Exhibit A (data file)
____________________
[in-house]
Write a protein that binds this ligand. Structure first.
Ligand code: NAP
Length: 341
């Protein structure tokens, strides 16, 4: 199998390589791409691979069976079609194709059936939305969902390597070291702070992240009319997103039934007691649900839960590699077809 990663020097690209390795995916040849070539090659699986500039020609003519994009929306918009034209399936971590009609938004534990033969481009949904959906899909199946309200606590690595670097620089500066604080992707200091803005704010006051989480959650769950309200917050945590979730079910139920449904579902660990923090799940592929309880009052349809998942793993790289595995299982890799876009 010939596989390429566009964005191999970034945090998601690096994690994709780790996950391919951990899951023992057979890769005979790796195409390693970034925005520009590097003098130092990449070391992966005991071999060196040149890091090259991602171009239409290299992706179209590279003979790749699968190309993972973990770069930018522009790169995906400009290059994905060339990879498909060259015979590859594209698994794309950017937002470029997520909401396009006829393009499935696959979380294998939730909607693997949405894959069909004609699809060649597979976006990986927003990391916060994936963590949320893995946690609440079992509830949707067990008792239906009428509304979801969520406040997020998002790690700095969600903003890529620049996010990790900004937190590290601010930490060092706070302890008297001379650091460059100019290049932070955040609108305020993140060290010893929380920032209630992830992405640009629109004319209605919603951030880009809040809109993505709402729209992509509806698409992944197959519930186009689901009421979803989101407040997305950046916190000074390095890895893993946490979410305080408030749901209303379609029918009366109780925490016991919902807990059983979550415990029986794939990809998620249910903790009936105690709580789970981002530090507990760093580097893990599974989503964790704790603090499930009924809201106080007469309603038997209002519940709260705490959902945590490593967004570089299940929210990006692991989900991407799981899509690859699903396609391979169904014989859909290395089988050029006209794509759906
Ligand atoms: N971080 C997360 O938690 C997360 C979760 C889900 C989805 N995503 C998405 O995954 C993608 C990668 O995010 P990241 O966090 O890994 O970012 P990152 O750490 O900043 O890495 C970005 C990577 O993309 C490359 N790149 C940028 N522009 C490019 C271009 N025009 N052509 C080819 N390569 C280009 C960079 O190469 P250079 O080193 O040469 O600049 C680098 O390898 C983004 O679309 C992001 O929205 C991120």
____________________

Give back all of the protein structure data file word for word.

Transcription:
[in-house]
Write a protein that binds this ligand. Structure first.
Ligand code: NAP
Length: 341
């Protein structure tokens, strides 16, 4: 199998390589791409691979069976079609194709059936939305969902390597070291702070992240009319997103039934007691649900839960590699077809 990663020097690209390795995916040849070539090659699986500039020609003519994009929306918009034209399936971590009609938004534990033969481009949904959906899909199946309200606590690595670097620089500066604080992707200091803005704010006051989480959650769950309200917050945590979730079910139920449904579902660990923090799940592929309880009052349809998942793993790289595995299982890799876009 010939596989390429566009964005191999970034945090998601690096994690994709780790996950391919951990899951023992057979890769005979790796195409390693970034925005520009590097003098130092990449070391992966005991071999060196040149890091090259991602171009239409290299992706179209590279003979790749699968190309993972973990770069930018522009790169995906400009290059994905060339990879498909060259015979590859594209698994794309950017937002470029997520909401396009006829393009499935696959979380294998939730909607693997949405894959069909004609699809060649597979976006990986927003990391916060994936963590949320893995946690609440079992509830949707067990008792239906009428509304979801969520406040997020998002790690700095969600903003890529620049996010990790900004937190590290601010930490060092706070302890008297001379650091460059100019290049932070955040609108305020993140060290010893929380920032209630992830992405640009629109004319209605919603951030880009809040809109993505709402729209992509509806698409992944197959519930186009689901009421979803989101407040997305950046916190000074390095890895893993946490979410305080408030749901209303379609029918009366109780925490016991919902807990059983979550415990029986794939990809998620249910903790009936105690709580789970981002530090507990760093580097893990599974989503964790704790603090499930009924809201106080007469309603038997209002519940709260705490959902945590490593967004570089299940929210990006692991989900991407799981899509690859699903396609391979169904014989859909290395089988050029006209794509759906
Ligand atoms: N971080 C997360 O938690 C997360 C979760 C889900 C989805 N995503 C998405 O995954 C993608 C990668 O995010 P990241 O966090 O890994 O970012 P990152 O750490 O900043 O890495 C970005 C990577 O993309 C490359 N790149 C940028 N522009 C490019 C271009 N025009 N052509 C080819 N390569 C280009 C960079 O190469 P250079 O080193 O040469 O600049 C680098 O390898 C983004 O679309 C992001 O929205 C991120």